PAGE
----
Not directly Amiga related, but Commodore related, so, uhhh...
I actually started this RPi conversion first, but I got sidetracked and ended up finishing the Amiga 500 one first. More on that here
So the objective here was to take a C64 breadbin case and keyboard and put a Raspberry Pi 3 into it; keeping the keyboard and joystick ports working, but also giving me HDMI, USB controller support, and modem emulation. While I still have 2 real Commodore 64s (and an Ultimate64 on the way!), I like using the RPi and Vice to play 64 games.
These mounts do not require you to drill or cut your C64 case! The 3D files are provisioned under the creative commons license so they are FREE to use, distribute, modify, or even sell.
Everything in its place.
Beautiful backside -- from right to left -- micro USB power, power switch, HDMI.
Outside shot of the Keyrah.
1. Print out the 3D parts
. You will have left, middle, right, and 3 washer pieces.
2. Put the 4 heat sets into the mounting holes of the left piece. Use a soldering iron to heat them into place.
3. Screw in the micro USB and HDMI panel mount cables into the heat sets.
4. Snap the left piece into the back. Screw the 2 washers into place to hold that piece down.
5. Put the 4 heat sets into the RPi mounting holes of the middle piece. Place it into the case and use the 3rd washer to screw it to the case.
6. Mount the RPi onto the middle piece as shown in the case.
7. Place the right piece onto the Keyrah -- note how the piece "wraps" the external USB port of the Keyrah. Place into the case and screw down. You do NOT need to screw the bracket into case, but can if you wish.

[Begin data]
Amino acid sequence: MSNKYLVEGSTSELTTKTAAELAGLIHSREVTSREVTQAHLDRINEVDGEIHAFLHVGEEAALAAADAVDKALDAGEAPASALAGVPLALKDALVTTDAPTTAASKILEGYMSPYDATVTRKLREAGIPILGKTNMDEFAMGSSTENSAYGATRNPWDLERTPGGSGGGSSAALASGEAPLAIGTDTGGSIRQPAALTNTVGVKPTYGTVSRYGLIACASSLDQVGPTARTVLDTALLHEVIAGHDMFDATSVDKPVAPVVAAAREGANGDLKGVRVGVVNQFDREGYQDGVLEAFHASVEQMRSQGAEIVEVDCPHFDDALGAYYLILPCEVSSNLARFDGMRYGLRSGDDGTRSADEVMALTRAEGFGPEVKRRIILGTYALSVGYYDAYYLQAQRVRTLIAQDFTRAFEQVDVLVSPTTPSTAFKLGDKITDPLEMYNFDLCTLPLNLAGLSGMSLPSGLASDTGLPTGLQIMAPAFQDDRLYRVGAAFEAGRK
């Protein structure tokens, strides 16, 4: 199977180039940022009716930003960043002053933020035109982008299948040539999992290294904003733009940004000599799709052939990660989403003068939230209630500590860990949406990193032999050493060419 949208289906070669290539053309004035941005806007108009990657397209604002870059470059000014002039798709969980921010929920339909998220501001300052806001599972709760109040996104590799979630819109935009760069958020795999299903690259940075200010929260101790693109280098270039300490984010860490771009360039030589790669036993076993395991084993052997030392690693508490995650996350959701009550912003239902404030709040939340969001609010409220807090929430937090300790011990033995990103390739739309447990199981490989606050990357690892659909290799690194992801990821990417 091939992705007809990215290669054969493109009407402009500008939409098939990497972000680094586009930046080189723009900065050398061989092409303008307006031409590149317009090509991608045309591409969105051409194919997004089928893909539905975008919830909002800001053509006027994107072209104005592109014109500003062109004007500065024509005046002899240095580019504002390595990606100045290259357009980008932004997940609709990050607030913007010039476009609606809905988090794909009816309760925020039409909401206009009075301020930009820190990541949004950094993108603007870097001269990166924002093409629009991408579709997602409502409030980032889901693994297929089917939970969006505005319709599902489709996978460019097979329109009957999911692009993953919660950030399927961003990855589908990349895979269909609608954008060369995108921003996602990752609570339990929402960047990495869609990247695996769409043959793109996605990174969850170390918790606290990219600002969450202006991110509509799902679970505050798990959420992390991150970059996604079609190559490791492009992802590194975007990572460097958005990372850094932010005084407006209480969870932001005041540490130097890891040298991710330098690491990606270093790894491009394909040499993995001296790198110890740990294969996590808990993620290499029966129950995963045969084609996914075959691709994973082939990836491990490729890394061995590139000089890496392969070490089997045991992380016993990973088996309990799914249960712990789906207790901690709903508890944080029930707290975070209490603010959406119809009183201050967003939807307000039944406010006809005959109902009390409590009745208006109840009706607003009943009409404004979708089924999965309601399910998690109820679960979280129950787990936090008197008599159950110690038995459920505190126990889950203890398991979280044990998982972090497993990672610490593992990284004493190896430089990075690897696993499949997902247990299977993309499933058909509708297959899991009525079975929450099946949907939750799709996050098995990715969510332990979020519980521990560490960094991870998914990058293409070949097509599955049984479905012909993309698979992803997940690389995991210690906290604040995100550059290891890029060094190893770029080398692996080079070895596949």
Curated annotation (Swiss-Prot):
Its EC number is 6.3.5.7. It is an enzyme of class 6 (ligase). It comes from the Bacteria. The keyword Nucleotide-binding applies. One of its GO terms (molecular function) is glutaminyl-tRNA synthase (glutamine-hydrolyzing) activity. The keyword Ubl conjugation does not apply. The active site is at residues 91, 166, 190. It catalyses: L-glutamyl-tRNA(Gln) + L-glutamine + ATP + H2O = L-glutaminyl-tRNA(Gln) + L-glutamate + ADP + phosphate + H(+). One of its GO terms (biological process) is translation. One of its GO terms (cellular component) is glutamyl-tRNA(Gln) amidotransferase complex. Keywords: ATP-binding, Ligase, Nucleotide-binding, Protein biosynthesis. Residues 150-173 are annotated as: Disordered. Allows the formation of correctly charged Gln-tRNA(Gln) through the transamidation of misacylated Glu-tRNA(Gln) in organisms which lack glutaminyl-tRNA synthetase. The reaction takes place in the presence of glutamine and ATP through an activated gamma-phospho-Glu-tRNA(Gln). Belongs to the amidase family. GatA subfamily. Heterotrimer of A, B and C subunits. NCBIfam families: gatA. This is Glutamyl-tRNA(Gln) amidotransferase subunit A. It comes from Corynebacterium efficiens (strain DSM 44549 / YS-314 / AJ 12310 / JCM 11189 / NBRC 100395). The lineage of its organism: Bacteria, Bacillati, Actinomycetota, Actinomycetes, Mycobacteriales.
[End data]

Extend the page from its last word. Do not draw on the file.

8. Place the power switch in the left piece and connect to the PowerBlock. Connect the keyboard to the Keyrah, and the LED to the PowerBlock. Plug the PowerBlock into the RPi.
9. Turn on!
(1) Raspberry Pi 3B
(1) Micro SD card
(1) Keyrah v2
(1) Micro USB male to female panel mount cable
(1) HDMI panel mount cable
(1) 14x9mm power switch
(4) M2 x 5mm screws
(8) M2 x 3mm brass heat sets
(8) M2 5mm x 1mm flat insulating washers
(1) Header pins for the internal Keyrah USB -- you will need to solder these to the Keyrah
(1) USB-A to header cable for connecting the Keyrah to the RPi
(2) Test clips or other wire to connect the power switch to the PowerBlock
I started out using the awesome Combian 64
, but ended up eventually rolling my own. While I could go into the Raspbian/Vice build I have made for this, I recommended starting with Combian 64 for ease of use.
You will need to install the PowerBlock driver
for it to work.